Randall receives a monthly Social Security disability check of $850, he says, for “something connected to the military—mind disorders or mental problems.” He shows off his military-design sleeping pad, which he says is like the ones they issue combat crews, and says he stays warm on cold nights with three sleeping bags. But he’d jump at the chance not to have to sleep in what he calls his “tent on wheels.”
Randall’s days of hopscotching around the city, though, may soon be over. He recently got into the Safe Parking program and says he’s been told he ranks high on the Vulnerability Index. “I’m so, like, happy,” Randall says. “Some elderly ladies came and talked to me. They had seen me on the streets. They must have spoken up about me with the Housing Authority. I just don’t know how long it takes. Sooner or later those ladies are going to get back to me, huh?”
Other Safe Parking participants may not be so lucky. One of the program’s first clients, an older man who lives in a dilapidated van, is not on any lists. He says he avoids survey volunteers and has never applied for housing assistance, even though he once had a heart attack in his lot and drove himself to the hospital. The man, who asks to remain anonymous because of what he calls “the stigma of homelessness,” says he does not trust government agencies.
“I’ve lived here nearly 40 years, but I don’t like it that much here anymore,” he says. “I’m a law-abiding citizen. Losing one’s home doesn’t suddenly make you an undesirable criminal. I’m not one of them. I’m one of you.”
James Frangella, 46, a four-year veteran of Safe Parking who volunteers with the program and homeless count, says the housing authority has told him he will likely not qualify for subsidized housing because he is not a veteran, a disabled person or the head of a family. But Frangella wants to stay in Santa Barbara. He calls it “a blessed city where I got my health back.” He says he came here from the Midwest after losing his home, his job and his marriage. He weighed 480 pounds when he arrived, he says.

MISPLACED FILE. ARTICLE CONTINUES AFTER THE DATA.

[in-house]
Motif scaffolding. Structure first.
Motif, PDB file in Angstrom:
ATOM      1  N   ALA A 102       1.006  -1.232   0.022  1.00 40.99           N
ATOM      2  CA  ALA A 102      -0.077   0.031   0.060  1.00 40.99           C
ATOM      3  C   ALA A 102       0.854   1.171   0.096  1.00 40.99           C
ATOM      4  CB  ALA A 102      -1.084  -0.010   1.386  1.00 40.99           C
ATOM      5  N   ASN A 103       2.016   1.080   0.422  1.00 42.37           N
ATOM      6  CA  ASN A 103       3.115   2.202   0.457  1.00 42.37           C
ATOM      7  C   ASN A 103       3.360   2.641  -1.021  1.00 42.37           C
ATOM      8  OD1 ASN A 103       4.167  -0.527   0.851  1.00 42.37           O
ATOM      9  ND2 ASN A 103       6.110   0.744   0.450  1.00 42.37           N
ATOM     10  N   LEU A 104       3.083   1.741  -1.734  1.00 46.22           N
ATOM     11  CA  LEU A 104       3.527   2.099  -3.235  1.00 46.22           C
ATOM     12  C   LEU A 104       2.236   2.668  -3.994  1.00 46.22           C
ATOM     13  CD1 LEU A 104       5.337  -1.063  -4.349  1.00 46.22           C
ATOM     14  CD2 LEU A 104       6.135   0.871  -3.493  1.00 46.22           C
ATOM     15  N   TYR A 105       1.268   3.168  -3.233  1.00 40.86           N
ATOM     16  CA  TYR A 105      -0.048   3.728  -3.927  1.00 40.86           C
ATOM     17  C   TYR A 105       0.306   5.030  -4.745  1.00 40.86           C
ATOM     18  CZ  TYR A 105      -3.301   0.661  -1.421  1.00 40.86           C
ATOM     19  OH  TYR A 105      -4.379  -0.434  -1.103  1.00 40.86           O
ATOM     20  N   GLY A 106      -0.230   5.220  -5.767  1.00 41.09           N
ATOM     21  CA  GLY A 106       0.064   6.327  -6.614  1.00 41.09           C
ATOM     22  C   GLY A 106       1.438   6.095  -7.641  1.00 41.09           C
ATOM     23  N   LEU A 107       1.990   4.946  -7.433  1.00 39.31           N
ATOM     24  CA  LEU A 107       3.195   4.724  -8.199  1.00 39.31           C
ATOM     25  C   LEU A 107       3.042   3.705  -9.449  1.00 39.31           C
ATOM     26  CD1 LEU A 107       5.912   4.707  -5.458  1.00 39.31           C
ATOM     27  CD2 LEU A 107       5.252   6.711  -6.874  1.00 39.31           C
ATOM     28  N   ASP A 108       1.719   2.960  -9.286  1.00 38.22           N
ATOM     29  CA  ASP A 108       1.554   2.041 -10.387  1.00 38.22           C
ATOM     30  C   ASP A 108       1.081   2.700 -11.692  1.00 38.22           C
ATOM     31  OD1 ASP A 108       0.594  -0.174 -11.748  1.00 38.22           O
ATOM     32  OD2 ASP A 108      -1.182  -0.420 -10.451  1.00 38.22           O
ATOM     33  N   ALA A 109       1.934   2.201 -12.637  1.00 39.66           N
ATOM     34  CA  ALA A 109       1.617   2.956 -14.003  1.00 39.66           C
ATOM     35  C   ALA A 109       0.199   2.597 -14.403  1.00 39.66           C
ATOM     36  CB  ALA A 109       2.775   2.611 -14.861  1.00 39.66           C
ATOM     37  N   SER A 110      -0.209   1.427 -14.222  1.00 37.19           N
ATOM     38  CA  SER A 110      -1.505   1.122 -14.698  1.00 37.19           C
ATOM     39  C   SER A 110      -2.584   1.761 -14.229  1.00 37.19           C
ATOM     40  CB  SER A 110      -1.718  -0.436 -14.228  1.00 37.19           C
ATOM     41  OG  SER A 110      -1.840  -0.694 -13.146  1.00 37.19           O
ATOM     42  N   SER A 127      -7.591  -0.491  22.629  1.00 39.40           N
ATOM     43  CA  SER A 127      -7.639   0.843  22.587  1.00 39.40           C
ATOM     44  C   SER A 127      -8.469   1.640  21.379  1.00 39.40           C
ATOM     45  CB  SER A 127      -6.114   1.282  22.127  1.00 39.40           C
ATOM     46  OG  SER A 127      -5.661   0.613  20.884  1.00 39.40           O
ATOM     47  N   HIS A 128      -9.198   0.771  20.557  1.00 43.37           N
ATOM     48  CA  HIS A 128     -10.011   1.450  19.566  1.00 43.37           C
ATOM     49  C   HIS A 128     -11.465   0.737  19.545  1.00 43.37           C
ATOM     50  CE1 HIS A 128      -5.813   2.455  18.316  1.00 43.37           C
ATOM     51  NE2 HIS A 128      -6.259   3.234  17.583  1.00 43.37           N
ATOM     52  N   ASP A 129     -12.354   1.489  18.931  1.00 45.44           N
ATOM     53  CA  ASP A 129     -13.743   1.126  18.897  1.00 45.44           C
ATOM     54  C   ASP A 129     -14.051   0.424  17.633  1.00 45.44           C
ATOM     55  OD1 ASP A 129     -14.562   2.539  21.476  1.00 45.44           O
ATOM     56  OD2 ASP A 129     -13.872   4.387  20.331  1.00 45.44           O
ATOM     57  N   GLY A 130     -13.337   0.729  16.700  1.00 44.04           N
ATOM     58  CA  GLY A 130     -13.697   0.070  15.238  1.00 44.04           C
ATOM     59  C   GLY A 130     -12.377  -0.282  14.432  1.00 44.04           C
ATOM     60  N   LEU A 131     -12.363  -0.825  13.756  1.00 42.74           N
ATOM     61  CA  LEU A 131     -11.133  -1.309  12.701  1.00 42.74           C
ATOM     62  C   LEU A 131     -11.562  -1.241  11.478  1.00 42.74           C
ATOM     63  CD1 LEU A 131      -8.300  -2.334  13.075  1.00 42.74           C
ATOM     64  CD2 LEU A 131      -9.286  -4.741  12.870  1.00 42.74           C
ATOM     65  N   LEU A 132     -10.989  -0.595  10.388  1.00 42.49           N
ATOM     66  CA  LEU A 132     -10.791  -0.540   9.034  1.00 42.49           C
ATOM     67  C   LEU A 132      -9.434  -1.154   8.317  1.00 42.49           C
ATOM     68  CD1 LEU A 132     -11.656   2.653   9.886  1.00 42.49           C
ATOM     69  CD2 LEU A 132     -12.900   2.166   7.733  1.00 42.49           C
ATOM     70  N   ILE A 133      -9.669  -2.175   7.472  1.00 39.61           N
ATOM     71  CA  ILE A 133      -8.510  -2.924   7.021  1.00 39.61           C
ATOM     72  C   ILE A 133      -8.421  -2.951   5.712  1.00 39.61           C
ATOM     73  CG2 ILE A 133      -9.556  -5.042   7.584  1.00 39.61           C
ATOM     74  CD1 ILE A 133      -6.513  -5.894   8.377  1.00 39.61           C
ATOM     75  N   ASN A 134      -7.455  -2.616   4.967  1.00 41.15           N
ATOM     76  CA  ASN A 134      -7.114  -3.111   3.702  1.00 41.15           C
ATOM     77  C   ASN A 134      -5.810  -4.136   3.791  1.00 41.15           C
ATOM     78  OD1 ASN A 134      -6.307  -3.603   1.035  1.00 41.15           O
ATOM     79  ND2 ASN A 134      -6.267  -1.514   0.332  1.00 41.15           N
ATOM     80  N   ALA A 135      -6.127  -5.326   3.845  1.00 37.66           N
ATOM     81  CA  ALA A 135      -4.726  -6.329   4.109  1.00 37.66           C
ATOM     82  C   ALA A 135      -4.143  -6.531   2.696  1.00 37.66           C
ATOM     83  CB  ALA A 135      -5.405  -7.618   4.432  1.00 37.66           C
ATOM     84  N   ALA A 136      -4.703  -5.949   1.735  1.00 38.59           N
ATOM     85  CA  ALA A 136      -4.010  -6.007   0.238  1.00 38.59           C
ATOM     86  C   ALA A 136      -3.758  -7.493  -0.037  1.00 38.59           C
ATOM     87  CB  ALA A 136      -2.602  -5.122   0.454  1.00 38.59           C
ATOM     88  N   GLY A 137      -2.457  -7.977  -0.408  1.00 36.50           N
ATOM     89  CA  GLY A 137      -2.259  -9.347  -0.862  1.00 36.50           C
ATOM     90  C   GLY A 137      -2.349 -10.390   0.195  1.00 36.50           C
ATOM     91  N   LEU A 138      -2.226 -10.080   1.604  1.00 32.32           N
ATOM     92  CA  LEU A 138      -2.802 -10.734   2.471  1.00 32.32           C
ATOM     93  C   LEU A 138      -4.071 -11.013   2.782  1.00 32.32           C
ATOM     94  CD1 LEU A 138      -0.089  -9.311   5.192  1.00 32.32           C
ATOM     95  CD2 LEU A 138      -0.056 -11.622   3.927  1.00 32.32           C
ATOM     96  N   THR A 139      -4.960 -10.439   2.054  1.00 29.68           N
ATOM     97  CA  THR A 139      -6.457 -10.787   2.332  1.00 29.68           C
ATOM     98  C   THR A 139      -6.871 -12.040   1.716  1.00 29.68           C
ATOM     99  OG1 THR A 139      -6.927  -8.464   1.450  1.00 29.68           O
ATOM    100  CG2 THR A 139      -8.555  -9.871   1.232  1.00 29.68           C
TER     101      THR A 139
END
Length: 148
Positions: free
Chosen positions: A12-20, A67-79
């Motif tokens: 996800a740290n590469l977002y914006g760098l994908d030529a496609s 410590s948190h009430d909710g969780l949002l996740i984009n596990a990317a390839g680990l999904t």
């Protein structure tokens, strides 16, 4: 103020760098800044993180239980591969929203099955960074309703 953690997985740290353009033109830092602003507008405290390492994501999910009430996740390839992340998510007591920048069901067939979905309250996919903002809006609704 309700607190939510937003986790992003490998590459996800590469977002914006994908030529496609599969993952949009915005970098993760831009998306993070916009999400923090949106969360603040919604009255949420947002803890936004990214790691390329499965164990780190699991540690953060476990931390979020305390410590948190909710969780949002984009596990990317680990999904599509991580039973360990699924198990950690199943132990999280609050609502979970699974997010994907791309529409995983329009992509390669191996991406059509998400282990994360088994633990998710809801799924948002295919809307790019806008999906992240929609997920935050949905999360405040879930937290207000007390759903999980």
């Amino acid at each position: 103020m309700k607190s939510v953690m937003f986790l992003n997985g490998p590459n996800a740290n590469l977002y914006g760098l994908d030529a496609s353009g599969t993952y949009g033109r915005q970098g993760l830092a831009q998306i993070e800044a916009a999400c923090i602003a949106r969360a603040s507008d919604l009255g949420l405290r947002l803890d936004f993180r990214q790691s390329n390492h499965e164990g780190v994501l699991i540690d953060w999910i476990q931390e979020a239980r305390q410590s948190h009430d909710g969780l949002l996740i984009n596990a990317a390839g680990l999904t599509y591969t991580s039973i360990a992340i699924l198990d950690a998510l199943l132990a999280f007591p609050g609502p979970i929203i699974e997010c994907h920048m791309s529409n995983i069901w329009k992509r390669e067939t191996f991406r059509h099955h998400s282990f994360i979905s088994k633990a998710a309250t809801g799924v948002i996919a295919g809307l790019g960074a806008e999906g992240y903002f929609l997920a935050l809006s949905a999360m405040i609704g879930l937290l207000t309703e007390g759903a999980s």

Frangella has slimmed down now and is looking for work. He’s thankful for what he’s got, despite having to put up with late-night noise from the slamming doors on the Porta Potties and the carousing drunks who wander through the downtown lot a block from State Street.
“When you pull into this spot, it’s a place you call home,” Frangella says. “Can you maybe relate to that? It’s our safe haven.”
As for Fick and Goodell, they applied for Section 8 housing a year ago and are still waiting, dreaming of a haven where no one will bother them. Lately, they say, they’ve been getting away with parking on the street at night, enjoying not having to be up and out by 7 a.m. Last summer, Fick says, even as Goodell was giving birth to Ginger in one of the Safe Parking church lots, one of the neighbors was complaining to the priest about the program.
Fick still wants to stay here. It’s better, he says, than dying of an overdose or winding up in prison for drug offenses, like the friends he left behind back East. It’s home, too, for Goodell, a Santa Barbara High School graduate. But from where she sits now, she can’t help but look back longingly to the time when she and Fick were living in a Santa Barbara canyon, sleeping on a mattress on a wooden pallet with a tent over their heads.
“It was really nice,” she says. “It was hidden from view. It’s much less stressful to be living out in the wilderness than in the RV.”